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|Valkyria pukapuka O'Connor n. sp.|
Plate 2. figures 15,16; plate 3, figures 12; plate 7, figures 11,12; plate 8, figures 1, 2
Description: Cephalis truncate spheroidal, generally smooth surfaced. Pores very small, circular to subcircular, irregularly arranged. Two horns present (both arc external expressions of internal elements - see below); apical horn bladed, shorter than cephalis; vertical horn bladed, generally shorter than apical horn. Collar stricture externally visible as change in shell contour.
Thorax truncate conical, slightly rough-surfaced due to small nodes at pore bar junctions, thicker walled than cephalis. Pores circular to subcircular, roughly hexagonally arranged and framed, larger than those on cephalis. generally increasing slightly in size distally to widest part of thorax then decreasing in size, or remaining same size. Aperture slightly constricted, surrounded by basal ring. Lumbar stricture generally externally visible as weak constriction.
Abdomen truncate pyramidal, triangular in cross-section, relatively smooth-surfaced. Pores circular to subelliptical, larger than those of thorax, irregular in distribution and size. Aperture constricted on more complete specimens, but termination undifferentiated. Abdomen extends from basal ring of thorax.
Three long, distally diverging, straight to slightly inwardly curving ribs extend from cephalis through thoracic wall and along edges of abdomen. They are extensions of internal cephalic elements D, LI and Lr (sec below) which are not expressed
externally until the distal thorax, about 1-2 pore rows up from basal ring (although pore bars align longitudinally on the thorax where ribs would be). Once externally visible, ribs fenestrated proximally, thicken distally and extend below abdomen
as three short, pointed, bladed feet.
Internal skeleton consists of bars A, V, M, D, LI, Lr, arches ALl, A-Lr, D-Ll, D-Lr, V-Ll, V-Lr and spine Ax (text-fig. 7; pl. 7, fig. 12). A incorporated in cephalic wall, extends outside as apical horn (see above). V extends outside cephalis as small horn (see above). D incorporated in thoracic wall. LI and Lr extend to arches then extend downward to thoracic wall. D. LI and Lr become externally visible as ribs in distal thorax and abdomen (see above). Ax reduced to a node. Arches A - L l and A - L r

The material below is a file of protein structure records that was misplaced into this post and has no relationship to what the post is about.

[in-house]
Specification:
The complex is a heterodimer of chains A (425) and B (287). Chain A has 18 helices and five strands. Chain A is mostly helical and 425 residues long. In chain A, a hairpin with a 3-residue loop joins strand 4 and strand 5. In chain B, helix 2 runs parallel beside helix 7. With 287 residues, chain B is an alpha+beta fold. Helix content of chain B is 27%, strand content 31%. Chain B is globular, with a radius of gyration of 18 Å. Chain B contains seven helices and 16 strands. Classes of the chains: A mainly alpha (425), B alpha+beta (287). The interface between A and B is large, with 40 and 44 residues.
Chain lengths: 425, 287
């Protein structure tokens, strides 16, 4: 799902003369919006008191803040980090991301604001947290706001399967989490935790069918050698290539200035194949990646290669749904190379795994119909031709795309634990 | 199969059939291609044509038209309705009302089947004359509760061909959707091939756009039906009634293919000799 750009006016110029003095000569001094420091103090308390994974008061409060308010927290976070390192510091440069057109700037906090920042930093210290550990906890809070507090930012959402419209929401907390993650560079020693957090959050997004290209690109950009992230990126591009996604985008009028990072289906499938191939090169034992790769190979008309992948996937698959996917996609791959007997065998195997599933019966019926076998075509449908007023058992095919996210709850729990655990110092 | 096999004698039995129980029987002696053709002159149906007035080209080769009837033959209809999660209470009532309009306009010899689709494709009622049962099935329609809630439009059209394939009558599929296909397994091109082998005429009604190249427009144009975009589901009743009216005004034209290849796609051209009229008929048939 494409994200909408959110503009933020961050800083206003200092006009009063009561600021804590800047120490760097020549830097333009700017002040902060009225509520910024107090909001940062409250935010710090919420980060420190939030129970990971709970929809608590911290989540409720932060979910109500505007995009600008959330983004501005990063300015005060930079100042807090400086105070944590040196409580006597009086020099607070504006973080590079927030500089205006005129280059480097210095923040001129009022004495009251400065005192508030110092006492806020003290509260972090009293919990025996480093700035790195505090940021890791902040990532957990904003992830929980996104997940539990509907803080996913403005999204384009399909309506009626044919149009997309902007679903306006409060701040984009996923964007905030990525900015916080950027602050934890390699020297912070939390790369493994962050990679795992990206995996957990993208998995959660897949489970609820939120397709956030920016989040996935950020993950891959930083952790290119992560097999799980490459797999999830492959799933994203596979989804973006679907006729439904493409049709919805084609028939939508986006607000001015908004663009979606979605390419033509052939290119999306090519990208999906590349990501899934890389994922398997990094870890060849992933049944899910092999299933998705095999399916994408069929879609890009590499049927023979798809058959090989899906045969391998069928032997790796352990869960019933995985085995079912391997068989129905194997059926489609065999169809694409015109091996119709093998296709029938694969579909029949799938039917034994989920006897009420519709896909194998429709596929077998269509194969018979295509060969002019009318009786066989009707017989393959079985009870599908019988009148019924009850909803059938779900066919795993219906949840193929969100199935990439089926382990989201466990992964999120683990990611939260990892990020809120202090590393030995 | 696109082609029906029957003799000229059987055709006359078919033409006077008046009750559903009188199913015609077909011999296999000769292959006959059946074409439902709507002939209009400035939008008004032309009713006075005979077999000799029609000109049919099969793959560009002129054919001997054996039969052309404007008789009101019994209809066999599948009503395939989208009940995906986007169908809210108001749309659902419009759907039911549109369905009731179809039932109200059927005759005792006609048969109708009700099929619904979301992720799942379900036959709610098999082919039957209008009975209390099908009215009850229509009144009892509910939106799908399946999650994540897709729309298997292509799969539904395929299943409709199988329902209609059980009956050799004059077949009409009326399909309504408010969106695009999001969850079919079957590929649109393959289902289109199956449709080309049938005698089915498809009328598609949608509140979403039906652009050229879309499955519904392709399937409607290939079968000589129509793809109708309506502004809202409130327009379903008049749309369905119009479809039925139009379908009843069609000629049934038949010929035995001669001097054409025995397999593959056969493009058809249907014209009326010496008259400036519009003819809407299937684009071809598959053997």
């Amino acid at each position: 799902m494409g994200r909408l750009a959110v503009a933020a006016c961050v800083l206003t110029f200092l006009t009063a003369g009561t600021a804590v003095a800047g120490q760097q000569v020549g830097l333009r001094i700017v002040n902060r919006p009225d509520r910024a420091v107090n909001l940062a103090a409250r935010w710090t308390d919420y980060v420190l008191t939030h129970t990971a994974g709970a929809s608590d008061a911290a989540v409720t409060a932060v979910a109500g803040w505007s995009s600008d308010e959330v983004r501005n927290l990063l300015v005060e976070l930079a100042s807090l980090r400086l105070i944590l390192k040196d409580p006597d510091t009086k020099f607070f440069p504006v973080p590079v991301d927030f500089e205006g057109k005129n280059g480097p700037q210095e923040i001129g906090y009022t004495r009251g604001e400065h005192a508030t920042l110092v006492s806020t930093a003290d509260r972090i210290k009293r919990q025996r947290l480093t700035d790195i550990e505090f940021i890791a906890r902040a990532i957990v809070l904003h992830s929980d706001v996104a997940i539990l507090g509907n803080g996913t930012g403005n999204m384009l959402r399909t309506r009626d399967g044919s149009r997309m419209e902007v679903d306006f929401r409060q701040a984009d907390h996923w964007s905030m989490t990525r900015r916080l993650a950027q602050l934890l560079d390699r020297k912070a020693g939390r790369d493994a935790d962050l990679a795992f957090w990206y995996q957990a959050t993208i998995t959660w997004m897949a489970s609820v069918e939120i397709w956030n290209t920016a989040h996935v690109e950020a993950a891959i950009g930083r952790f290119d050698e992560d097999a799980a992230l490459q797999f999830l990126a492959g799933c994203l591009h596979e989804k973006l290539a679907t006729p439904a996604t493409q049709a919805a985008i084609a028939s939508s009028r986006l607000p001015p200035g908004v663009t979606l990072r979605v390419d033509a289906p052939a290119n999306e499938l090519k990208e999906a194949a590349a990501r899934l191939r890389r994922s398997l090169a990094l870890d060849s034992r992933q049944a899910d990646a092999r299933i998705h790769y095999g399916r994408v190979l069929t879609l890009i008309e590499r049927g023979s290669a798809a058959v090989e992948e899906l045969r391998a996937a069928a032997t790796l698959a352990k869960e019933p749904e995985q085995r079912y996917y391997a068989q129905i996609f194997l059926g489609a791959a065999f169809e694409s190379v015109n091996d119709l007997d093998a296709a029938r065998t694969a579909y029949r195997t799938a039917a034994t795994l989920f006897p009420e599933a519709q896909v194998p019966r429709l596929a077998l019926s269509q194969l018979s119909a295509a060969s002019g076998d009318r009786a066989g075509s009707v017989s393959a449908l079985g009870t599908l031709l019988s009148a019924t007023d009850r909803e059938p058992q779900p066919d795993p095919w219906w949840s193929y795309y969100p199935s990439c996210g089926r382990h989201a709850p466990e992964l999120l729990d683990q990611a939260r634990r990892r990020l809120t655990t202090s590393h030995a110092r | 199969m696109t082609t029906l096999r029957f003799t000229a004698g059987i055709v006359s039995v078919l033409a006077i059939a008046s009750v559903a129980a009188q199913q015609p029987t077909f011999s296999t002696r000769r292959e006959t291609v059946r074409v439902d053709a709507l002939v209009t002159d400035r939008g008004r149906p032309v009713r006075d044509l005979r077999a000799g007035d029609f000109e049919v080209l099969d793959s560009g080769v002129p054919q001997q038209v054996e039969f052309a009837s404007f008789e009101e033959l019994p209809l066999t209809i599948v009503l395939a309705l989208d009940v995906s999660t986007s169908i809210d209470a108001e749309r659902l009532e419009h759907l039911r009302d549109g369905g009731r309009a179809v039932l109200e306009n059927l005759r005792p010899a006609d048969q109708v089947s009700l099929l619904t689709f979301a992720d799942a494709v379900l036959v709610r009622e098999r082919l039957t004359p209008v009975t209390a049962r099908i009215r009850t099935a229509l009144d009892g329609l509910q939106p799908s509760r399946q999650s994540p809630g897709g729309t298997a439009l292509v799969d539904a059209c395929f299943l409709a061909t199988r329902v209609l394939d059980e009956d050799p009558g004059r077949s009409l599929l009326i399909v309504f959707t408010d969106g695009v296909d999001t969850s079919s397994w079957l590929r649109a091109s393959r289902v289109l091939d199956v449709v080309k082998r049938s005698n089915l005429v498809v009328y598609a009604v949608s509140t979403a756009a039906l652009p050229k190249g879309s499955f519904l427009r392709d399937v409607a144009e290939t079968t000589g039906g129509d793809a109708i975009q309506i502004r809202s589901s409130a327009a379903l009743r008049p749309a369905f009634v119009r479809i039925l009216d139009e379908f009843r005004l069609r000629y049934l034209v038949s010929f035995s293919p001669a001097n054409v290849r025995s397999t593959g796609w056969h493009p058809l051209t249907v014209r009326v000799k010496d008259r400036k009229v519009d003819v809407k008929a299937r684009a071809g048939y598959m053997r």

extend from uppermost part of A, incorporated in cephalic wall, generally indistinct. Rest of arches form indistinct ring at base of cephalis.
Dimensions: Holotype (Range of 20 specimens): length of apical horn: 15pm (8-30): length of cephalis: 20pm (15-20); width of cephalis: 27pm (21-30); length of vertical horn: 15pm (5-15); length of thorax: 40pm (35-50): width of thorax: 60pm (59-63); length of abdomen: 75pm (55-80); maximum width of abdomen excluding ribs: 80pm (55-89); length of ribs including feet: 100pm (60-100); number of pores in vertical row on thorax: 9 (6-8); number of pores across half equator of thorax: 9 (8-11): number of pores on length of abdomen: 6 (4-7); number of pores across one side of abdomen: 6 (5-7).
Etymology: Pukapuka is the Maori name for the type locality of this species and is used as a noun in apposition.
Holotype: R177 (Plate 2, figures 15, 16).
Type Locality: Pukapuka Quarry, R09/60I224.
Discussion: Valkyria pukapuka differs from V. annikae (Nishimura 1992, p. 356, pl. 7, figs. 4, 5, 6a-b) by having bladed apical and vertical horns, bladed feet, and by being about half the size; from V. procera (Nishimura 1992, p. 348, pl. 7, figs. I- 3, pl. 13, fig. 3) by having shorter and bladed vertical and apical horns, a longer abdomen, shorter feet, and smaller dimensions; from V. gigas (Nishimura 1992, p. 348, pl. 7, figs. 9. 10, pl. 13, fig. 7) by having smaller and bladed vertical and apical horns, bladed and much shorter feet, abdominal pores that are larger than those on the thorax, and smaller dimensions. All three of Nishimura's (1992) species are restricted to the late Paleocene.
Range: Valkyria pukapuka has been observed from the Cryptocarpium
ornatum Zone to the Cyrtocapsa tetrapera Zone (early Oligocene to early Miocene (late Runangan/early Whaingaroan to Waitakian)).